Mercy by Jussi Adler-Olsen

Back blurb:  At first the prisoner scratches at the walls until her fingers bleed.  But there is no escaping the room.  With no way of measuring time, her days, weeks, months to unrecorded.  She vows not to go mad.  She will not give her captors the satisfaction.  She will die first.

Copenhagen detective Carl Morck has been taken off homicide to run a newly created department for unsolved crimes.  His first case concerns Merete Lynggaard, who vanished five years ago.  Everyone says she's dead.  Everyone says it's a waste of time.  He thinks they're right.

The voice in the dark is distorted, harsh and without mercy.  It says the prisoner's torture will only end when she answers one simple question.  It is one she has asked herself a million times:  WHY is this happening?

About the author:  Jussi Adler-Olsen was born in Copenhagen and worked as a magazine editor and publisher before starting to write fiction.  Mercy (The Woman in the Cage) is the first of four novels in the Department Q series.  He holds the prestigious Glass Key Award, given annually for a crime novel by a Scandinavian author, and in 2011 also won the Golden Laurels, Denmark's highest literary accolade, awarded by the Danish book trade.  Mercy was released on the English, Australian and Indian market on 13 May 2011 to become a No 1 International Bestseller and is translated from the Danish by Lisa Hartford.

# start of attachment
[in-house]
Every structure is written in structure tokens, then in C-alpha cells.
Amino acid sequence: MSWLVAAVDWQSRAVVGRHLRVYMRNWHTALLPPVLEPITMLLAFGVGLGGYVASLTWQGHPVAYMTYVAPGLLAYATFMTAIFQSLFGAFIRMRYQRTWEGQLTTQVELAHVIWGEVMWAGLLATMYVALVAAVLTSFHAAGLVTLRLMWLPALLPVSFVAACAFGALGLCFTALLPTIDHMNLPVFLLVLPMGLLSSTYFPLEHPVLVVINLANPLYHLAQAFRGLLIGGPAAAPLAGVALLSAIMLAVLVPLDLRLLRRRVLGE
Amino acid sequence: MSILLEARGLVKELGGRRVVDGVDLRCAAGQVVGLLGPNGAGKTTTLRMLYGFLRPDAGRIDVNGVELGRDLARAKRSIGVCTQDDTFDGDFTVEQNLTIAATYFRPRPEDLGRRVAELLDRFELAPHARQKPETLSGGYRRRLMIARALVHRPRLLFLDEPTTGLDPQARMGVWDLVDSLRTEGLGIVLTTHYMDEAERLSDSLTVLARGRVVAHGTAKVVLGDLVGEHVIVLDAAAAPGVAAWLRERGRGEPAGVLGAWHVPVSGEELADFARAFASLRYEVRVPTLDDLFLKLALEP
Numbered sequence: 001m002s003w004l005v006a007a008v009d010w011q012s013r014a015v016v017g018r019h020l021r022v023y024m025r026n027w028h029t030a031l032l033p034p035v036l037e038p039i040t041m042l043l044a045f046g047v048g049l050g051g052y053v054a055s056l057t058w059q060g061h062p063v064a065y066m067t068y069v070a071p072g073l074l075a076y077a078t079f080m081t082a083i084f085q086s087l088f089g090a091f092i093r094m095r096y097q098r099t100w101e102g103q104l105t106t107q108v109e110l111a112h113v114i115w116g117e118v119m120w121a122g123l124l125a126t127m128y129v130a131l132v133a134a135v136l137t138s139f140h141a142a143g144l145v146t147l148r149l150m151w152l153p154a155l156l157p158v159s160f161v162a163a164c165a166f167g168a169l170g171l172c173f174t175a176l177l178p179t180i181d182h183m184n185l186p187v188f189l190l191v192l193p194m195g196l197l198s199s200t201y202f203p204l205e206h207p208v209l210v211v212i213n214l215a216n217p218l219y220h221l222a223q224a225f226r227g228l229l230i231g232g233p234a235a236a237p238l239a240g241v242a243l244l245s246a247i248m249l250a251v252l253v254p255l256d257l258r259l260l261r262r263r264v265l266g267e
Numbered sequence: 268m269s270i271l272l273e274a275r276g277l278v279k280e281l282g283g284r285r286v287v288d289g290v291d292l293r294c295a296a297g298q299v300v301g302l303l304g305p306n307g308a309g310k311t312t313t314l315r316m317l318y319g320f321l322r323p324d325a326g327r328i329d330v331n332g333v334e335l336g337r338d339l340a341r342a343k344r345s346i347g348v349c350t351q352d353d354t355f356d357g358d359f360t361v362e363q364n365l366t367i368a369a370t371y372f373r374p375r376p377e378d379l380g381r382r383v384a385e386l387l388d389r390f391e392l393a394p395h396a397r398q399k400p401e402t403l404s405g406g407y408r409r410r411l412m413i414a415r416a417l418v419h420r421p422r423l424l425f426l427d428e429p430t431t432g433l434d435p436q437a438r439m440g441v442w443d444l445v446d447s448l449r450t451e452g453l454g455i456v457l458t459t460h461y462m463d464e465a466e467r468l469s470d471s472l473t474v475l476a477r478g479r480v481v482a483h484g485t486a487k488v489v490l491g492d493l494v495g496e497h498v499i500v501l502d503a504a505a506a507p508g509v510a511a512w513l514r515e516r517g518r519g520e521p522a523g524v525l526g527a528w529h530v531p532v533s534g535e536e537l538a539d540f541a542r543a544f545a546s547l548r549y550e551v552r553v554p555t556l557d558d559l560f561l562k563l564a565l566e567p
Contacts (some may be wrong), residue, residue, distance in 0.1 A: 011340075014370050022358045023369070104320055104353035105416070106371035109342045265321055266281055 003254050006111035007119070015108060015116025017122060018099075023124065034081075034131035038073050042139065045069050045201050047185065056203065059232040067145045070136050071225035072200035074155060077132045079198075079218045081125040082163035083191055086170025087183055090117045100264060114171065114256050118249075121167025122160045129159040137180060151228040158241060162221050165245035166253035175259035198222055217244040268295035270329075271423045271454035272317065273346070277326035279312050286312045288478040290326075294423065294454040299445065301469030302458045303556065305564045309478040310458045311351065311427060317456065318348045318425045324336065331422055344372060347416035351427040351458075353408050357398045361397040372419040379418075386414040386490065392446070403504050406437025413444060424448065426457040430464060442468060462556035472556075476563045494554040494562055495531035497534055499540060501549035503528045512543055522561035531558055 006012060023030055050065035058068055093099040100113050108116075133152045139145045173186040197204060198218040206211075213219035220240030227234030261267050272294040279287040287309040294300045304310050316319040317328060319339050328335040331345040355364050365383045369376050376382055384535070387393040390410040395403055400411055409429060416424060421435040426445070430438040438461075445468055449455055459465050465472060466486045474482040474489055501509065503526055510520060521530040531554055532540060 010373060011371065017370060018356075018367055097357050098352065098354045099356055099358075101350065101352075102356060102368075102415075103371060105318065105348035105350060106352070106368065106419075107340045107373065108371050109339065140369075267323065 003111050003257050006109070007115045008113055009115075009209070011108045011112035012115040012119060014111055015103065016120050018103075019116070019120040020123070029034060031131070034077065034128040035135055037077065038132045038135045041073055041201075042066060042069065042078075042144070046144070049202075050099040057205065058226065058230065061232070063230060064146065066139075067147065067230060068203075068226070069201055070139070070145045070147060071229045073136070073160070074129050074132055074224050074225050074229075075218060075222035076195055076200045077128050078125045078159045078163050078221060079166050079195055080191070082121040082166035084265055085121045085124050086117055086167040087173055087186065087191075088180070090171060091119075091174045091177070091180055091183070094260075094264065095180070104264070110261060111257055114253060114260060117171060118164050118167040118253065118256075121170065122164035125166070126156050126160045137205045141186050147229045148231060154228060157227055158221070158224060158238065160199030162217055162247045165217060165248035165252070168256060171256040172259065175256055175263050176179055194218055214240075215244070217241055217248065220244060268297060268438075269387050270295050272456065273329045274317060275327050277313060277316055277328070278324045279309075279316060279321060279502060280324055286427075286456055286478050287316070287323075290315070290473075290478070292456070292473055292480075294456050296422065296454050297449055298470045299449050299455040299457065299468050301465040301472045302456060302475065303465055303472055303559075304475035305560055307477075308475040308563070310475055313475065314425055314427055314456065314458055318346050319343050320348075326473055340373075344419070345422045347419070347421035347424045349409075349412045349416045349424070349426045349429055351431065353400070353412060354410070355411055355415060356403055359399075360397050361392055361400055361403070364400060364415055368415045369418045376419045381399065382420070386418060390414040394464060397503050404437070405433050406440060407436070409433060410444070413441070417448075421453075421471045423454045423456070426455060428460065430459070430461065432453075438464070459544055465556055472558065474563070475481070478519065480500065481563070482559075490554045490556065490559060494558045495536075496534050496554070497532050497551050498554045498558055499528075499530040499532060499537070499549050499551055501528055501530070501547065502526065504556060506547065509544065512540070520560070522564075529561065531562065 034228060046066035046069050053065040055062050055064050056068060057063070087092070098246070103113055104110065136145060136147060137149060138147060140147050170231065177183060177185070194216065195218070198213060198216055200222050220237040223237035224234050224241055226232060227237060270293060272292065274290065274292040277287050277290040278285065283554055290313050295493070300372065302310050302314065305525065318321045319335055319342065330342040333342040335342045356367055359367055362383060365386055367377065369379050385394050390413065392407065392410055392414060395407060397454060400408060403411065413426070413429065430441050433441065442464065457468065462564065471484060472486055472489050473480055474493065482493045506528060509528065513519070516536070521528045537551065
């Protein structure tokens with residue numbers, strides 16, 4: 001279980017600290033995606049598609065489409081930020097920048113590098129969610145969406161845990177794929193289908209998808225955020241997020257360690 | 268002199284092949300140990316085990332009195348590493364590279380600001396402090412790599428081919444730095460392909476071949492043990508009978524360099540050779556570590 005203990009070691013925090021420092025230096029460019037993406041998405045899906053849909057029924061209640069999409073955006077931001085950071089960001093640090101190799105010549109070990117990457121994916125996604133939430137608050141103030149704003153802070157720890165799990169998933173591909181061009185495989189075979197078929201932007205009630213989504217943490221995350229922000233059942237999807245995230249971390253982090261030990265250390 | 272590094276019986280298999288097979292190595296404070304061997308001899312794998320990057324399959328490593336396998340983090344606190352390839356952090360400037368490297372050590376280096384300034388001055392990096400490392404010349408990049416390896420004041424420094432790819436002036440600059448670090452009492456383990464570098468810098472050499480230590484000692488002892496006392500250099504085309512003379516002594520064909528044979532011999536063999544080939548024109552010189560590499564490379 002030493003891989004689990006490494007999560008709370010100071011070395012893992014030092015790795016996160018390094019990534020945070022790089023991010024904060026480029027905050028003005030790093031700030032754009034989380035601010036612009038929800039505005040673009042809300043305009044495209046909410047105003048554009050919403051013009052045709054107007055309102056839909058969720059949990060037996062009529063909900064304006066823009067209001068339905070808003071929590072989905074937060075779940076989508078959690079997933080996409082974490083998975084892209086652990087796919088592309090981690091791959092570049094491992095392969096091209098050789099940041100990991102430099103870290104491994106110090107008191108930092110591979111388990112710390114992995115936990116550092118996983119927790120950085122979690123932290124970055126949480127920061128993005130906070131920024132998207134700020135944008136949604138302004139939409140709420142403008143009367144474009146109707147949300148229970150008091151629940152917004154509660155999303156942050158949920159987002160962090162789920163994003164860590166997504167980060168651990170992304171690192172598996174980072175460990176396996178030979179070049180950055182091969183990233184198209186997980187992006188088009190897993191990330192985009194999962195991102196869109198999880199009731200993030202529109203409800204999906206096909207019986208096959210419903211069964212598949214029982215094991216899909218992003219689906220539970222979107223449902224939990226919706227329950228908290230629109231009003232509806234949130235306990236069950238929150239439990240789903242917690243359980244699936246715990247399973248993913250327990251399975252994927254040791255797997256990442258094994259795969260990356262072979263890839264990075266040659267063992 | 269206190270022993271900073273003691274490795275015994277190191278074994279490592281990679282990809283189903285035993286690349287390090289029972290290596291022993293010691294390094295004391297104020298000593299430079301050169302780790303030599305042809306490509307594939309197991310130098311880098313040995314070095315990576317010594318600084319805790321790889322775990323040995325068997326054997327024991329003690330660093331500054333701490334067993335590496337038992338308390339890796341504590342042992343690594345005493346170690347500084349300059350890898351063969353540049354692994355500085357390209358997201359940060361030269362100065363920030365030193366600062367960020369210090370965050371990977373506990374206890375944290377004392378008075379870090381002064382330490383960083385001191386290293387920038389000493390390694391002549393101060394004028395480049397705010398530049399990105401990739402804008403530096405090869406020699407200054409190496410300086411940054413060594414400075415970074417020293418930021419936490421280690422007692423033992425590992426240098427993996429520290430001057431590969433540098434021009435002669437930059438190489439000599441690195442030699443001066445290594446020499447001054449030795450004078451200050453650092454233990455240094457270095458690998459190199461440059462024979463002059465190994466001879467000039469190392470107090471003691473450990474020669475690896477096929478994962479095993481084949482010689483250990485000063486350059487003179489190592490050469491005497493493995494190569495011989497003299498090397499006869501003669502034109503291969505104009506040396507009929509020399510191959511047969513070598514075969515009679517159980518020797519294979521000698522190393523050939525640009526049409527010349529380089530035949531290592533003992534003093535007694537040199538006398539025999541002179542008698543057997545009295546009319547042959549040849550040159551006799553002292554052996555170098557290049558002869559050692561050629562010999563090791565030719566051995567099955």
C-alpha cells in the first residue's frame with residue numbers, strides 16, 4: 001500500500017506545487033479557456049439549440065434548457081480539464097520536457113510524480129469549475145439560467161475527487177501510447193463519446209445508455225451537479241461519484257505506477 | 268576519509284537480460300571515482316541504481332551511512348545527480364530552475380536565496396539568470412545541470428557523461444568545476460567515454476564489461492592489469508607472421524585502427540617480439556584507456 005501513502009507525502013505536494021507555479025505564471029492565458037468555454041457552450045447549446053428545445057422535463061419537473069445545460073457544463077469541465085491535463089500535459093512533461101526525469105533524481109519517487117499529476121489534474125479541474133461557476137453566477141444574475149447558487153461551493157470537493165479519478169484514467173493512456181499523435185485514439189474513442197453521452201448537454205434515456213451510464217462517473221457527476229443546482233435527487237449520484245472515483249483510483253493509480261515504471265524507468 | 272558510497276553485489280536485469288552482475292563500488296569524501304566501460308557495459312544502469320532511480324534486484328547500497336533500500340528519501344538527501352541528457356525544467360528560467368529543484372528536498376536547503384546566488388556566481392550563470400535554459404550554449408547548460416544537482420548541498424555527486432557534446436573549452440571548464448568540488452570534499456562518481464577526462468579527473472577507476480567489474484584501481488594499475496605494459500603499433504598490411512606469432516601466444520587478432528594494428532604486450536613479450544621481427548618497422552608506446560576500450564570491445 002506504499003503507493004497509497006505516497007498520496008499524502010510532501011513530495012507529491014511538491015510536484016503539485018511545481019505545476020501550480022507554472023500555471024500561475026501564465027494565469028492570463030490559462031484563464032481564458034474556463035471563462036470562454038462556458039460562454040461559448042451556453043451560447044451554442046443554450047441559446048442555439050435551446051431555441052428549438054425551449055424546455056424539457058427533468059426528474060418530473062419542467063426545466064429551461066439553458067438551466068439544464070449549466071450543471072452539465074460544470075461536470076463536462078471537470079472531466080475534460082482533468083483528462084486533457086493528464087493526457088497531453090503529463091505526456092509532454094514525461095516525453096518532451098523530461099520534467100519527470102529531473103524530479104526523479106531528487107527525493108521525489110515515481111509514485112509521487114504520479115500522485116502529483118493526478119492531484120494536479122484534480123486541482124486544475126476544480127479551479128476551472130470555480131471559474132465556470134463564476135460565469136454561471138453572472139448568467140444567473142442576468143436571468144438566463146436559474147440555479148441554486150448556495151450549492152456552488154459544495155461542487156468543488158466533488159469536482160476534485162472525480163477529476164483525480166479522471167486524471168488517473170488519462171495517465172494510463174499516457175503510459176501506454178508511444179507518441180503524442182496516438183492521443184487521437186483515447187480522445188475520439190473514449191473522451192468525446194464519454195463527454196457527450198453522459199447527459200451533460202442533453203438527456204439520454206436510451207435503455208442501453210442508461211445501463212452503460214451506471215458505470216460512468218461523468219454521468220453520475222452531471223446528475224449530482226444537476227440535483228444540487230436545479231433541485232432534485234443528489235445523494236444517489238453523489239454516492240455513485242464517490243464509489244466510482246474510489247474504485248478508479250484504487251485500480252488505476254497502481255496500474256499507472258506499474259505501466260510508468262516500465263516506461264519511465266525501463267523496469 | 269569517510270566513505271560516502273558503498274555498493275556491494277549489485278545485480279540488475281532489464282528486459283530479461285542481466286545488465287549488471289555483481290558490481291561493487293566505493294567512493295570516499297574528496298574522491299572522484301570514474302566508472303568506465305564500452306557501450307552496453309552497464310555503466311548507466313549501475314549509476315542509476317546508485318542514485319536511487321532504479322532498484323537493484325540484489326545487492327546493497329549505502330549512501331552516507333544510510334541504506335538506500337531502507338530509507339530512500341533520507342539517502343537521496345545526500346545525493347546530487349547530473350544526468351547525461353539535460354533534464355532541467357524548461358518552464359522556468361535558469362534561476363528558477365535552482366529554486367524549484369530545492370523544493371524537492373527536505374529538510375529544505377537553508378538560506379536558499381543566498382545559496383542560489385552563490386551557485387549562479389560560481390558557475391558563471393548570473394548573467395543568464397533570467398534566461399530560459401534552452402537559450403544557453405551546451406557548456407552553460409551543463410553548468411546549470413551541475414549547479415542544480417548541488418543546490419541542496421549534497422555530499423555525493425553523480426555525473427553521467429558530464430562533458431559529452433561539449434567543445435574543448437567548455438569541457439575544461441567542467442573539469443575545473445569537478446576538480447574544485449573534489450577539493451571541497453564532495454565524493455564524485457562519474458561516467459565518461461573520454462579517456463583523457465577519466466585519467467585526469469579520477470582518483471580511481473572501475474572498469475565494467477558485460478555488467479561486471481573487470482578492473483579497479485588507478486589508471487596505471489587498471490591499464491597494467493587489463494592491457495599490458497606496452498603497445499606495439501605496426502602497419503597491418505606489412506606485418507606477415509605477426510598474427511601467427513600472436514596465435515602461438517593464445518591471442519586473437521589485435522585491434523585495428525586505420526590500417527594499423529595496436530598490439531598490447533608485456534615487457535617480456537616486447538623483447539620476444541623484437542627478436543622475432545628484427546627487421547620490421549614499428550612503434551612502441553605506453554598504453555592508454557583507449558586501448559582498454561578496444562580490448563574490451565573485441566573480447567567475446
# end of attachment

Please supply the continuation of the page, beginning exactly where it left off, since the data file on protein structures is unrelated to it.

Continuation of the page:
Visit Jussi Adler-Olser's website at

Below, in three parts, the author talks about how his book came to be published, the characters in his book and the research entailed to write this book:

The book trailer for Mercy:

This interview of the author from merits a read.

Excellent and funny.  Gripping plot.  Interesting characters.  That says it all.

Mark my works, Adler-Olsen is an author to watch out for in 2011.

I look forward to the next book in the series named Disgrace, out in January 2012.

Rating:  5/5

Thursday, 7 July 2011

Live Wire (The Myron Bolitar series, Book 10) by Harlan Coben

What a poignant story.  It jerks my heart to read Live Wire because I can relate to some of the characters' grief, their loss, their hurt and at times their joys and their humour.  You think you see a happy family walking in the street who on outward appearance are happy and put-together but what do they hide?  Because everyone has secrets, everyone has  hurt and everyone has unresolved problems in their lives.  But, everyone tries their best to make the best of their lives too.